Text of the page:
It was no surprise that the attack came.
It was no surprise that radical Muslim leaders denounced the event, excused the violence and justified the actions of the shooters on the grounds that “they were provoked.”
It was no surprise that attacks came from the Left, demanding that organizers of the event, including Pamela Geller and participant Geert Wilders explain how they had the temerity and the gumption to create and host the “Muhammad Art Exhibit and Cartoon Contest” a gathering whose purpose was to display and create images of the Prophet Muhammad – images strictly forbidden by most Muslims as sacrilegious and blasphemy (who nonetheless, see no problem at all when radical Muslims blow themselves up in an effort to kill as many innocents as possible, or behead Christians, or abduct Nigerian schoolgirls, etc.).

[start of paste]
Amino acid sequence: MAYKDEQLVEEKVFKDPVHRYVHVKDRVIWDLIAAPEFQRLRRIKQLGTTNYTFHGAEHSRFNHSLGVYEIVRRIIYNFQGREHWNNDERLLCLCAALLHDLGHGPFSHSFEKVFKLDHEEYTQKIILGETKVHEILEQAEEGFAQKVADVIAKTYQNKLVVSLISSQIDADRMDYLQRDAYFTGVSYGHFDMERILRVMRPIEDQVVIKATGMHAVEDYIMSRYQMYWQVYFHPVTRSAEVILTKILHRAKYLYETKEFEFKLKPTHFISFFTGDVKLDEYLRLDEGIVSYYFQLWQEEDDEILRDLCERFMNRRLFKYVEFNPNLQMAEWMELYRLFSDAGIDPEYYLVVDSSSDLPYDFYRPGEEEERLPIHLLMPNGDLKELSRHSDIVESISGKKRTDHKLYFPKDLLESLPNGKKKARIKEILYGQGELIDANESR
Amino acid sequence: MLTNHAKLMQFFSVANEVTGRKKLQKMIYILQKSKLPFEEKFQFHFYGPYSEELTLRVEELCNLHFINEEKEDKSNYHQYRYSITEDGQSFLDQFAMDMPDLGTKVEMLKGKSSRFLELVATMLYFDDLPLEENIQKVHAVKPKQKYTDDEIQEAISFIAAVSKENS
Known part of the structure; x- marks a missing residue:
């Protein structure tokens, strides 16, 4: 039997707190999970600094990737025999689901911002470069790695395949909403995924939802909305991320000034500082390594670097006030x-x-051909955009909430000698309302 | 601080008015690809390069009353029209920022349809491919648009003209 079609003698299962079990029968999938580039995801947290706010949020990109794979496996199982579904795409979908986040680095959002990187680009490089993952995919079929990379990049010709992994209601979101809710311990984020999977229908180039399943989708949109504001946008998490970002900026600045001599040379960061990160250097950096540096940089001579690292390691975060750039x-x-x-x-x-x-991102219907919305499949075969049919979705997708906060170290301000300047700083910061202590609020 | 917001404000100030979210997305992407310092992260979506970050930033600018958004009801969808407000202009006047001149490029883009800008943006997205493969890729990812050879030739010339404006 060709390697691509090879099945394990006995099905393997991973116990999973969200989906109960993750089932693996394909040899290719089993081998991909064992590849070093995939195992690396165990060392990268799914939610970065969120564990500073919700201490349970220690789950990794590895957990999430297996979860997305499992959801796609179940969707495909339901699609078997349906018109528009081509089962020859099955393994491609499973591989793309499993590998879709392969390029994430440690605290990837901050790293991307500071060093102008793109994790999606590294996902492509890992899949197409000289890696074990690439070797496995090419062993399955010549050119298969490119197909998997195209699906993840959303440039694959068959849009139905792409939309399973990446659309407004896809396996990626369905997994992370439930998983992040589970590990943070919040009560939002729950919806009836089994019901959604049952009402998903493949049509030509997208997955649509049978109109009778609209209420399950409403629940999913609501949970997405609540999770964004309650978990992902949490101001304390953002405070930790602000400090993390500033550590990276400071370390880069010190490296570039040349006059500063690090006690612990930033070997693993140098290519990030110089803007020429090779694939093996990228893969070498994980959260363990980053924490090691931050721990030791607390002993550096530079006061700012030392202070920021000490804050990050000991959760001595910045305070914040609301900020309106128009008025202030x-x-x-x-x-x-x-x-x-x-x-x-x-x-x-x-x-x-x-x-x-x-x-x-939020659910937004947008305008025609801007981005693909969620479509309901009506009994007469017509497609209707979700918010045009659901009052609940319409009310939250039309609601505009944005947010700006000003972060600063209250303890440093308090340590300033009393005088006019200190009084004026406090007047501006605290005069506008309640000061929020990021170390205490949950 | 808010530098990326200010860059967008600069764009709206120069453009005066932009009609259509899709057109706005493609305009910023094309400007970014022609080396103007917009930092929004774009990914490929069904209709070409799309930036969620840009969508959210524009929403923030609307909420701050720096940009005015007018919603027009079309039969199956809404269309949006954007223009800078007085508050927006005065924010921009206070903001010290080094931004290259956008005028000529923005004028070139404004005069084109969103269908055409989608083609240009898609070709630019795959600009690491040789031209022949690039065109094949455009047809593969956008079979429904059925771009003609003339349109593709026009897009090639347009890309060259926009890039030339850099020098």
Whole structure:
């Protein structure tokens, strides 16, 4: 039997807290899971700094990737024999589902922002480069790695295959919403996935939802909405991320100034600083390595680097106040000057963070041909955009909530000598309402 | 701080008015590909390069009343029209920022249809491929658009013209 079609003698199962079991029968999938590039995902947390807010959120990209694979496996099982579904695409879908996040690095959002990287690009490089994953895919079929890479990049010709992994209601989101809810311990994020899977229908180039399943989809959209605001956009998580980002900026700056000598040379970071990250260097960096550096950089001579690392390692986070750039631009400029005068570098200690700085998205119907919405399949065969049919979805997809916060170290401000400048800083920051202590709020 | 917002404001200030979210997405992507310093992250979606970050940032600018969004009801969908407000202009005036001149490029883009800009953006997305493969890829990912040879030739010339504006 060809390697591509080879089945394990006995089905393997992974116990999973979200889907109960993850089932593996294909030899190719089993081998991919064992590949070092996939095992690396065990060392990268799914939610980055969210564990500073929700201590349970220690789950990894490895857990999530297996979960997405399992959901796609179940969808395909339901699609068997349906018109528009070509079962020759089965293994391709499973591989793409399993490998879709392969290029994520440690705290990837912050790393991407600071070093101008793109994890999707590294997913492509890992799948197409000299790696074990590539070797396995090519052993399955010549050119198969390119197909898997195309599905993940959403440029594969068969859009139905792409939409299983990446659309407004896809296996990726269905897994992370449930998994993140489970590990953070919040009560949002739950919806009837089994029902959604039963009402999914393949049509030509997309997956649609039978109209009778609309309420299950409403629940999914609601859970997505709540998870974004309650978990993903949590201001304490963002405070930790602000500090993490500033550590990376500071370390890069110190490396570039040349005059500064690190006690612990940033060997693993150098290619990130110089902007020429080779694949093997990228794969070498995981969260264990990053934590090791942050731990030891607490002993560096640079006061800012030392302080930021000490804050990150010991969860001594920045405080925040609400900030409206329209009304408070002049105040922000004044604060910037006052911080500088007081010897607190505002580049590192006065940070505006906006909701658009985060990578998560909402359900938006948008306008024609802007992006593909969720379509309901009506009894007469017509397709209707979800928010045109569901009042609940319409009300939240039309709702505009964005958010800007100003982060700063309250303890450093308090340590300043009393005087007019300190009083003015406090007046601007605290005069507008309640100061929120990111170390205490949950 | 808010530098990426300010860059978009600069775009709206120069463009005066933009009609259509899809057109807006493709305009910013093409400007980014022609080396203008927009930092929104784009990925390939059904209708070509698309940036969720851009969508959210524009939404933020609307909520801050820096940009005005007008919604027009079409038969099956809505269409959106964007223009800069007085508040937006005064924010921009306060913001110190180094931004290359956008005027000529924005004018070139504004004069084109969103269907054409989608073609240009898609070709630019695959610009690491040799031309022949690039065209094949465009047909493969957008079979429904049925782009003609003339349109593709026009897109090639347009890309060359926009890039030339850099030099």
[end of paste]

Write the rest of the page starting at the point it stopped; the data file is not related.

It was no surprise that in contrast to Paris, where cartoonists at Charlie Hebdo were massacred after a pair of heavily armed terrorists stormed the unsecured building, law enforcement officers in Texas not only responded quickly, but ended the Garland attack almost as quickly as it had begun.
It was no surprise that when attacked, Americans of diverse backgrounds, age, and race expressed not hatred and fear, but joined together to sing patriotic songs of unity and purpose.
It was no surprise that organizations like CAIR and members of Congress like Andre Carson, Joe Crowley and Keith Ellison tried and failed to prevent the event from taking place; mostly by attempting to use the power of the Federal Government to block keynote speaker Geert Wilder’s entry to the United States.
It was no surprise that the reaction from the left, the media and appeasers of radical Islam was to say “they had it coming,” “How dare you hold this kind of event?” “What else did you expect?” “Too bad the shooters didn’t get Geller or Wilders.”
What was surprising is that we were surprised.